Ah, the Allegro: Worst car ever. All Aggro. These and other less flattering terms have been routinely flung like wet rags at BLMC’s 1973 compact saloon offering in the intervening decades since the car ceased production in 1984. But while ADO67 itself would over time become notorious, its more dignified Kingsbury derivation was the object of ridicule pretty much from the outset.
Introduced in September 1974, the Vanden Plas 1500’s debut was greeted not only with a gilded tureen of derision but a sizeable component of incredulity; not so much for what it was, but largely for the manner in which it had been executed. So, what in the name of all that was sacred and holy possessed Vanden Plas to Continue reading “God Save the Queen”
The Triumph TR7 Convertible embodied the BL charter in microcosm.
“If only this could have been the TR7 that was launched five years ago instead of the poorly-assembled and inadequately developed Speke-built versions that so quickly acquired a tarnished reputation.” [Howard Walker, Motor – August 30 1980.]
If only. Those two simple words perhaps most poignantly encapsulate the British Leyland charter. Because amid the egos, the politics, the industrial strife and lost hopes chiselled onto BL’s cenotaph, there were also well-conceived, rational motor cars which deserved a better fate. Continue reading “Two Word Epitaph”
Manufacturing was Jaguar’s fatal weakness. It would become XJ6’s undoing.
Through a combination of genius, skill, misfortune and at times, sheer good luck, the Jaguar XJ6 proved to be precisely what the market realised it wanted. Offering all the glamour and visual allure of the E-Type in a four-door package, customers quickly discovered it fitted their needs very nicely indeed. The trouble was obtaining one.
When Lyons sanctioned the model, he set production targets of a thousand cars a week. This would have amounted to slightly over 50,000 cars per annum, a figure Jaguar wouldn’t meet until the 1990s, and certainly one the XJ-series never came close to meeting – for a whole host of reasons.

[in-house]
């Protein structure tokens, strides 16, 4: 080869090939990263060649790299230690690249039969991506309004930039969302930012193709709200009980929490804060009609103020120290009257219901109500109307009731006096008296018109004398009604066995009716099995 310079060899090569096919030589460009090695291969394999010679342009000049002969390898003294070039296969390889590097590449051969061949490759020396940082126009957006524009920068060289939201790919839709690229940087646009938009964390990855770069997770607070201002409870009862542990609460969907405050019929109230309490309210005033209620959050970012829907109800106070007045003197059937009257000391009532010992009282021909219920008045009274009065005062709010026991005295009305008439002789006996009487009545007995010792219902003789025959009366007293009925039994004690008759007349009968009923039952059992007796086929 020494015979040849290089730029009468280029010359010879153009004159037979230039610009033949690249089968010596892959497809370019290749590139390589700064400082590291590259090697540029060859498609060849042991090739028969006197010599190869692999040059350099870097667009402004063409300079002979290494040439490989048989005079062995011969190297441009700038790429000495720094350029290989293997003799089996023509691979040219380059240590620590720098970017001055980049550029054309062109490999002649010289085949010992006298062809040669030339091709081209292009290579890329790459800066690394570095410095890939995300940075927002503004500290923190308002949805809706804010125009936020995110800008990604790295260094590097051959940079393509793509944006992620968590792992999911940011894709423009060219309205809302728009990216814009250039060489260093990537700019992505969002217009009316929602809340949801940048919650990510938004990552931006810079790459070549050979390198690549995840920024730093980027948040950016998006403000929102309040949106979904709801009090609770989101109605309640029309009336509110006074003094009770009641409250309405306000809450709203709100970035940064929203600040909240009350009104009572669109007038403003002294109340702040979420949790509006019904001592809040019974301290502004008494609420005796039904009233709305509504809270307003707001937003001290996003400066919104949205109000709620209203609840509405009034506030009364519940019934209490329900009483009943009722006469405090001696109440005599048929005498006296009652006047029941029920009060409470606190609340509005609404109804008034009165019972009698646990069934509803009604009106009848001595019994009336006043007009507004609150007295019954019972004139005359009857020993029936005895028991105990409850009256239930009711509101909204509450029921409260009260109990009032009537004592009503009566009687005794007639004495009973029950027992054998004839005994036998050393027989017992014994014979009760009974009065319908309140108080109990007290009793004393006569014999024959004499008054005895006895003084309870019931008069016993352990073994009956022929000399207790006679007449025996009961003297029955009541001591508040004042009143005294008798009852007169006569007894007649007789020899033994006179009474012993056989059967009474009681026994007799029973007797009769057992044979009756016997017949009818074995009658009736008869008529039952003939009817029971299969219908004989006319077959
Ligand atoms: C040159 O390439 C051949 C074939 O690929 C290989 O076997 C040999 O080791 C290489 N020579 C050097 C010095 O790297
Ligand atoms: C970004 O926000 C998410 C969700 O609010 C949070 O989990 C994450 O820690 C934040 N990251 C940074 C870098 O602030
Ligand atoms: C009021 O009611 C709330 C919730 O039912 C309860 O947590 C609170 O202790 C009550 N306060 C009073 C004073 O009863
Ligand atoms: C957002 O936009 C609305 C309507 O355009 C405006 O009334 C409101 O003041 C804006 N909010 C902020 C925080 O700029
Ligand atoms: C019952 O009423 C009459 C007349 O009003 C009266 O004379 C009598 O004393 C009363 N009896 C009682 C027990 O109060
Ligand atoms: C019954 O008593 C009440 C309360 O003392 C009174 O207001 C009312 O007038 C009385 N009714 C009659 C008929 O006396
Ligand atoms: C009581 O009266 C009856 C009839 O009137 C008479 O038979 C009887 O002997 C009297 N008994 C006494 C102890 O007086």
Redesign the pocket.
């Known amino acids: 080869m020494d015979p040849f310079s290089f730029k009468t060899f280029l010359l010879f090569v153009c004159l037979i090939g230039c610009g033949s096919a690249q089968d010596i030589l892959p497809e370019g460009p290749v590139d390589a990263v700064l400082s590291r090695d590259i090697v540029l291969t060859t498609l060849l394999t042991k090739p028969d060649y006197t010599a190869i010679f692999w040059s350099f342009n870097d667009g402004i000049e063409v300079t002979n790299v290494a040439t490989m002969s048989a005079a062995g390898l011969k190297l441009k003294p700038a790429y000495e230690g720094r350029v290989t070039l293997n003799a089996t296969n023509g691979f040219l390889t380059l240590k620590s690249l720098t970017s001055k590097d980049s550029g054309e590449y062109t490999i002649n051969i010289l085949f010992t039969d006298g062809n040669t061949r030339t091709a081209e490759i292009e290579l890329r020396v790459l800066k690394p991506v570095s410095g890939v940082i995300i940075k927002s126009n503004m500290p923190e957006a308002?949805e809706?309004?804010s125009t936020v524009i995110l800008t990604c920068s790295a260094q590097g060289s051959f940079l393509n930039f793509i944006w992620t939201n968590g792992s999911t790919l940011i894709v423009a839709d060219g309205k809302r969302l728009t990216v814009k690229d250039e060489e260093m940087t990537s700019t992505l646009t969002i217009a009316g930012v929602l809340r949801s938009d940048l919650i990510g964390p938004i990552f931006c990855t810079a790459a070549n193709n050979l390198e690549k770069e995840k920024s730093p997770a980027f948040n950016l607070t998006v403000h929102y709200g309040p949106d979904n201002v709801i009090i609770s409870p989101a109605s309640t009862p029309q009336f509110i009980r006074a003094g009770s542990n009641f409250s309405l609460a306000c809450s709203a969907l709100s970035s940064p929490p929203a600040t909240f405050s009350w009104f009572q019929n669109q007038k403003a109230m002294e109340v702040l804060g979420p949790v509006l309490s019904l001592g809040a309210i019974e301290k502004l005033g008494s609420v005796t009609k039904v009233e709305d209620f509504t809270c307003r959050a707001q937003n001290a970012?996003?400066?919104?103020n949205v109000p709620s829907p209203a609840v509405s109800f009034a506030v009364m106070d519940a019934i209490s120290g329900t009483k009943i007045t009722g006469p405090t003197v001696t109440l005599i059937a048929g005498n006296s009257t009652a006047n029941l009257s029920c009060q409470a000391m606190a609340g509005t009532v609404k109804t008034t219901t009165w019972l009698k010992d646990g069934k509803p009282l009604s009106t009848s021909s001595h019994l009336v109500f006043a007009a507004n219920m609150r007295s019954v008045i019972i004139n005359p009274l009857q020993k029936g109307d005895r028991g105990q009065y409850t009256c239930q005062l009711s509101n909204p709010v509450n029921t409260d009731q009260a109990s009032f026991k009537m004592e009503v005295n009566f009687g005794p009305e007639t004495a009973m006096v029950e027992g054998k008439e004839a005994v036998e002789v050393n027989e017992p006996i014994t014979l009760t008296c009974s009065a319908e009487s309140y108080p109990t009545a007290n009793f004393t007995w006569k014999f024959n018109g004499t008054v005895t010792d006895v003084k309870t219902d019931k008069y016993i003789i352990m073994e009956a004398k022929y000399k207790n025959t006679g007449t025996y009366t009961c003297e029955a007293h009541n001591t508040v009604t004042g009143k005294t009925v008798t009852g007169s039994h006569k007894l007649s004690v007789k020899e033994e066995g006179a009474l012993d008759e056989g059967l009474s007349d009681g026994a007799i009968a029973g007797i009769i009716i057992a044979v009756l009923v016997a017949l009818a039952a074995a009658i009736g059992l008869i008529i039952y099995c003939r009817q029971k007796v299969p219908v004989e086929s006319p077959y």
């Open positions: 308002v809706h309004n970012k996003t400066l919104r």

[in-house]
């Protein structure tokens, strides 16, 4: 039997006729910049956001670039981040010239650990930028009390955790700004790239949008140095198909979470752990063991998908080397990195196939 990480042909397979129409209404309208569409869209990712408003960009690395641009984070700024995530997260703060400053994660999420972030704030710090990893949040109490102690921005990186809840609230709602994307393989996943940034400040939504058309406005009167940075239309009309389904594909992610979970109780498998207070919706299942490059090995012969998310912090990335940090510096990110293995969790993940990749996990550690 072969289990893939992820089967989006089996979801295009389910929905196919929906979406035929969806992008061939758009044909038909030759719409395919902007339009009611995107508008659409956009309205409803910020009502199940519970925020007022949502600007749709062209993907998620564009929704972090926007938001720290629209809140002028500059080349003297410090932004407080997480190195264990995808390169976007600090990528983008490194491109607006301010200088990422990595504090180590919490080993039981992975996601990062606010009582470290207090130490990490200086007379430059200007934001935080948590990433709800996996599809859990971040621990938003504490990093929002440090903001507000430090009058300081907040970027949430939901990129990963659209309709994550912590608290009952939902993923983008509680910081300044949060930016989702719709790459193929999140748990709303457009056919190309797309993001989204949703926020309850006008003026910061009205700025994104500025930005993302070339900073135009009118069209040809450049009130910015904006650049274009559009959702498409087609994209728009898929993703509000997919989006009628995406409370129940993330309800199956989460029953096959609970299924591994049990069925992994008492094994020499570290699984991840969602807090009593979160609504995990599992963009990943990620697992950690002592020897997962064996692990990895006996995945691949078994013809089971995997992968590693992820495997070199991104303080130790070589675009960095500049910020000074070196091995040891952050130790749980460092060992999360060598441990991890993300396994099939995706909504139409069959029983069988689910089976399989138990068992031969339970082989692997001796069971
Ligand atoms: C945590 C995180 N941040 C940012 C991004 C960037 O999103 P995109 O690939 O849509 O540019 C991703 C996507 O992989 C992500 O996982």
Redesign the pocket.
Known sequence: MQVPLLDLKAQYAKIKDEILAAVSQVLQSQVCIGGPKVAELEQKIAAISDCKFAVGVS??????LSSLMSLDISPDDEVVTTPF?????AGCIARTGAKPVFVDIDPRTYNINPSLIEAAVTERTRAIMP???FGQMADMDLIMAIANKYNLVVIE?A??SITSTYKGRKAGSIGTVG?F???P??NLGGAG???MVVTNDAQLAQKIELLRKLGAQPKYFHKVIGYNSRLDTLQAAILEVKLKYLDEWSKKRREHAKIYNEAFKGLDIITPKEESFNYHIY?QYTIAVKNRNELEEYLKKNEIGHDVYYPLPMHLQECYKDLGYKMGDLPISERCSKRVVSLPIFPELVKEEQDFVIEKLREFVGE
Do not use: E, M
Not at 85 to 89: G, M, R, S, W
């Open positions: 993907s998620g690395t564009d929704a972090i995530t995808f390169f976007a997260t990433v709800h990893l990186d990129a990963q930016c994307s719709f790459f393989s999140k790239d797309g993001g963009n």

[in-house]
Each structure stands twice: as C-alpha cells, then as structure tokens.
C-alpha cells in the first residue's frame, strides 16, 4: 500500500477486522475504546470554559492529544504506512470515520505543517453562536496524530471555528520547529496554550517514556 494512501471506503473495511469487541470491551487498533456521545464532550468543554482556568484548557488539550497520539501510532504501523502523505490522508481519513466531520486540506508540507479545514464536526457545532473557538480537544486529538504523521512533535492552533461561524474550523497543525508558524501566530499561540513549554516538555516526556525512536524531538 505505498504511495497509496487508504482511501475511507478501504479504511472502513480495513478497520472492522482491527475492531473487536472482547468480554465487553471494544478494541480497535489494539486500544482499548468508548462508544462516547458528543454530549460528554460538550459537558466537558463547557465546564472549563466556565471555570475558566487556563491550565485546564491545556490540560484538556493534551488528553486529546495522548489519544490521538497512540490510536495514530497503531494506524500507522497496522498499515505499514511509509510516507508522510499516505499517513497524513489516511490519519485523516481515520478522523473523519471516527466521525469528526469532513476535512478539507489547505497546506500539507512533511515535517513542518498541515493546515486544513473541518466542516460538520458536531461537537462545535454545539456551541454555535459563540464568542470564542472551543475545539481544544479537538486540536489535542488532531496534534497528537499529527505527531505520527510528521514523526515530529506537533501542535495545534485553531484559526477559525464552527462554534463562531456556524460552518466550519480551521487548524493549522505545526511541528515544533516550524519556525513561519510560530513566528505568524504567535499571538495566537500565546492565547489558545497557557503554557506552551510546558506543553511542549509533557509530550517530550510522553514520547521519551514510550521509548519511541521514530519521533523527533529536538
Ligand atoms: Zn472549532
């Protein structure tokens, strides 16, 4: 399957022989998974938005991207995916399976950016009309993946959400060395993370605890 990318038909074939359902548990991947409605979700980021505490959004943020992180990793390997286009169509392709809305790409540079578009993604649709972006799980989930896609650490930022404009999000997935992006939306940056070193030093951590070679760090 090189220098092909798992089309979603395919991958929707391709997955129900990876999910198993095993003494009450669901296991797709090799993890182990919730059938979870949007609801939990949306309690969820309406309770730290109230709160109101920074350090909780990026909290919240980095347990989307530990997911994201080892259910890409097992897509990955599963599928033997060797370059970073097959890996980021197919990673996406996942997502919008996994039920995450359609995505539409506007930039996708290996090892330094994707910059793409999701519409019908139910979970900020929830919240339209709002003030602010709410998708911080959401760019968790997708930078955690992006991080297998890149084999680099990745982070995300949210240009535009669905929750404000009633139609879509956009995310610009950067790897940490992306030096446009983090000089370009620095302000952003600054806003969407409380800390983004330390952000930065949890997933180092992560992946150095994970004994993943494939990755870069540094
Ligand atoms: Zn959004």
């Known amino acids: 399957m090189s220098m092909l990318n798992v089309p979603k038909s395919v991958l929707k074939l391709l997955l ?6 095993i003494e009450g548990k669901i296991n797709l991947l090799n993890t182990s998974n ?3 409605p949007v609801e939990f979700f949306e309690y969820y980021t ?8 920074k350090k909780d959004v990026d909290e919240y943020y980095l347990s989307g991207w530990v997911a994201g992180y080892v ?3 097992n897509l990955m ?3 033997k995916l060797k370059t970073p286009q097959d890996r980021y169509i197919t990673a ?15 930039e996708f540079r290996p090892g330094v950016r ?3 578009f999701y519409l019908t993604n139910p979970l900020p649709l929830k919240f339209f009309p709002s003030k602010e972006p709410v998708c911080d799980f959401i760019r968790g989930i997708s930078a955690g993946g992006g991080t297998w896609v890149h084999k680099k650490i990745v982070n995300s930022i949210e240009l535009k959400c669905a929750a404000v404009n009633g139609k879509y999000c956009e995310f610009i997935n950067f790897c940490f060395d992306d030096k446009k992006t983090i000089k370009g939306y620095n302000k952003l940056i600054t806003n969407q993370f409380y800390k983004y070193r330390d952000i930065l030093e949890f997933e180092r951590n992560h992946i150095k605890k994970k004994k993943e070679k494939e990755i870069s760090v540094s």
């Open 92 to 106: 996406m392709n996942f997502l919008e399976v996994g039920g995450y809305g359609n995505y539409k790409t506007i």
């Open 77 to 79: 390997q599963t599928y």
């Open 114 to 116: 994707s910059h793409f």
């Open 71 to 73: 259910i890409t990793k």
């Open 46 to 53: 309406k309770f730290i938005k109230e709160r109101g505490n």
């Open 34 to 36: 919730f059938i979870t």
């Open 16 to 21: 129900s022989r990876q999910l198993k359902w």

The first of these manifested itself as Jaguar struggled to ramp up XJ6 production in the advent of the car’s launch. The XJ bodyshell was built at PSF in Castle Bromwich. Made up of hundreds of small pressings, the XJ shells were designed this way, firstly to Continue reading “The Quintessence : (Part Five)”
Today we posit something of a counterfactual. What if Maestro had preceded Metro?
Picking over the bones of long dead car companies is one of the more futile pastimes one can engage in, but in the case of British Leyland, it’s irresistible. So many factors contributed to the British car giant’s demise however, that to single out one area is to grossly over-simplify the larger, more nuanced, and far more depressing picture.
A former Jaguar engineering director once told me that BL’s senior management were in his words, ‘not of the first order’ and given their respective track records, both during the latter stages of the BMH period, in the years leading up to BLMC’s collapse in 1974, and during the post-Ryder era, it’s difficult to Continue reading “Waiting For the Miracle”
If one car can embody the legacy of its creator, the 1967 Austin 3-Litre will forever be linked with the fall of BMC boss, George Harriman. Hubris or simply bad timing?
An unwitting metaphor for a car company which had fundamentally lost its way, the 1967 Austin 3-Litre was an unmitigated failure both in creative and commercial terms. Received at launch with an embarrassed silence from the UK press corps, shunned by the buying public and withdrawn from sale in 1971 with a mere 9,992 examples built, the 3-Litre, along with the Maxi would prove to be the final nails in BMC’s coffinlid and all the evidence Donald Stokes and his Leyland cohorts needed to Continue reading “Harriman’s Folly”
Spot a Triumph TR7 in a car park and you may well experience something rather strange.
Unenlightened passers-by won’t give it a second look, whereas examples of most of its boxy contemporaries would attract their immediate attention. The last of the TRs shares with its Rover SD1 stablemate an ability to blend into the 21st century carscape, despite originating over forty years ago. Continue reading “Opening Up the TR7 Envelope”